After quitting their job, Jordan Ross set out on their longest bikepacking trip to date, a multi-week trip to Haida Gwaii, British Columbia’s largest and most remote archipelago. Watch their 20-minute video and read more about the trip here…
For most of us living in British Columbia, Haida Gwaii is a mysterious once-in-a-lifetime destination. Maybe it’s the 20+ hours of ferries required to get there, or the fact that its sandy beaches and lush rainforests just seem impossibly remote, but there’s undoubtedly a certain allure to the archipelago sitting off the northern Pacific coast. Earlier this year, Jordan Ross quit his job in the city and rode his bike up Vancouver Island to make the ferry connection to Prince Rupert and then on to Haida Gwaii. Watch a video from their trip below, followed by a brief report and a look at the route he followed.
Words and photos by Jordan Ross (@jordanvegbike)
Haida Gwaii is the name for the series of islands off the northern coast of British Columbia, 100+ kilometers from the nearest larger town of Prince Rupert. The Haida Nation and its people have lived on these lands for more than 7,000 years and have endured unspeakable atrocities at the hands of white colonial power. Despite this, they remain resilient, with forms of resistance and strength in various aspects and temporalities. It is as a white settler, a beneficiary of colonialism, that I graciously visited their lands.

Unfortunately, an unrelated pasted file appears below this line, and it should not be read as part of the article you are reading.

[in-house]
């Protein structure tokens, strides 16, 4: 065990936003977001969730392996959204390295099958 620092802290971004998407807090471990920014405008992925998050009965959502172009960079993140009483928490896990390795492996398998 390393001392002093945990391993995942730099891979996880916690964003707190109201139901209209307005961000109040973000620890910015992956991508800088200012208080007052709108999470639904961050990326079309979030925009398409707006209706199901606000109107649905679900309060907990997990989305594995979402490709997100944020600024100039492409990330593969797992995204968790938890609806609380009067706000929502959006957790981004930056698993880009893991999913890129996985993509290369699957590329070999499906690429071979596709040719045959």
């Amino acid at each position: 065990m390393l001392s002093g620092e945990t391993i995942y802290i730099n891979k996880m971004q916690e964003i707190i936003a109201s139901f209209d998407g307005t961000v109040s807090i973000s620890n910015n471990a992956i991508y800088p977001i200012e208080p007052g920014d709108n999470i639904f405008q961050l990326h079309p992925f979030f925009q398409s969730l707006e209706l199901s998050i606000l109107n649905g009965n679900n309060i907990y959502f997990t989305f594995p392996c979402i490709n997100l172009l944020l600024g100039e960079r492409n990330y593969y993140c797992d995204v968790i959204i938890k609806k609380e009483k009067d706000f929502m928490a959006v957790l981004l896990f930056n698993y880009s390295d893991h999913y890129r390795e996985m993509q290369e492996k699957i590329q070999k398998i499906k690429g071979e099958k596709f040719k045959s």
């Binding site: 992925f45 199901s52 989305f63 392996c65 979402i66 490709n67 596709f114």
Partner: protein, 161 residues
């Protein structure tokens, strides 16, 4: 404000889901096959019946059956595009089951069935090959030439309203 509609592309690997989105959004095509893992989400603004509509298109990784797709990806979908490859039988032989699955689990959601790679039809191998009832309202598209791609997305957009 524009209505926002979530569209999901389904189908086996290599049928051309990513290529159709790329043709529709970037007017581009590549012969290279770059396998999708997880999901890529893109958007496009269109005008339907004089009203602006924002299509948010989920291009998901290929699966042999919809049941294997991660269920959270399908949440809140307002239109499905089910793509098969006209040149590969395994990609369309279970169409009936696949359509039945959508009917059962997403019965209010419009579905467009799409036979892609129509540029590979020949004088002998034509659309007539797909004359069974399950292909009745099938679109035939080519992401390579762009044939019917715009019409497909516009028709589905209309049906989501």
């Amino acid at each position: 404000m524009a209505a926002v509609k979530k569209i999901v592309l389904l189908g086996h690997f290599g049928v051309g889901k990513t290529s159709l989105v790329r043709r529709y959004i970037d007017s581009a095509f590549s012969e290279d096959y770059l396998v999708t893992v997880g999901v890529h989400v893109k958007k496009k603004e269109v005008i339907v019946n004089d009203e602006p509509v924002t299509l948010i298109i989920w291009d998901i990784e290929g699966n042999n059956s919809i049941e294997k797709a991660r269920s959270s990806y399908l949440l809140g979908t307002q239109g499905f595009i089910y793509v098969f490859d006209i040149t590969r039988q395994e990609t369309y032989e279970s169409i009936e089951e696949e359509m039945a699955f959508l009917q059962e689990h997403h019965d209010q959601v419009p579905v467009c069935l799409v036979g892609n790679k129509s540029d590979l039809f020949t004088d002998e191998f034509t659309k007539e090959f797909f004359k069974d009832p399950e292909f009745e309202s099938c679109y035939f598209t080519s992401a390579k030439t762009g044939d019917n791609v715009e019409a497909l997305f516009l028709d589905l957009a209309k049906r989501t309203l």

The trip involved a ferry from Horseshoe Bay, cycling up the northeastern coast of Vancouver Island (camping two nights along the way), a privately operated bus from Campbell River to Port Hardy, another night of camping, then a 15-hour BC Ferries voyage from Port Hardy to Prince Rupert through BC’s Inside Passage.
The ferry itself is an experience. Imagine what BC Ferries’ version of a cruise ship might look like, and you’re probably not too far off. The Northern Expedition features multiple indoor and outdoor decks with large carpeted staircases and sections inside the ship for private berths (for an additional fee, of course). Many of the younger folks I saw making the 15-hour journey brought small mattresses or sleeping pads and found themselves a spot on the floor between unused rows of seating.
The dining room didn’t seem remarkably different from the cafeteria-style operations on other BC Ferries ships I had been on, so they surprisingly had little in the way of vegan options. As a vegan of almost seven years and a frequent traveler on BC Ferries, I’d already prepared for this inevitability with panniers full of groceries of various types and my new pod-style stove ready to be put into use on the upper decks.
I decided to enjoy the fresh air and found a nice spot for my camping hammock on one of the stern’s outer decks. Apparently, in the summer (and especially before COVID) the outer decks would have almost a party atmosphere, with multiple tents of backpackers and other travelers cooking, drinking, and socializing. “Total party vibe,” remarked one of the BC Ferries crew. This time, however, I was the only one taking advantage of the free outside berth option.
Oh, and one more note about the ferry: there is a shower non-berthing travelers can use for $5. Shampoo, body wash, and a clean towel are included, and the water is hot.
After 15 hours, The Northern Expedition arrived at Prince Rupert a bit after midnight. I booked a private room at a hostel in town to avoid the discomfort of finding a decent camping spot in the middle of the night in a town I had never been to. The Pioneer Inn turned out to be the right call. The next evening was the final ferry, an eight-hour overnight journey west across 180 kilometers of the Pacific Ocean and, finally, to Haida Gwaii.
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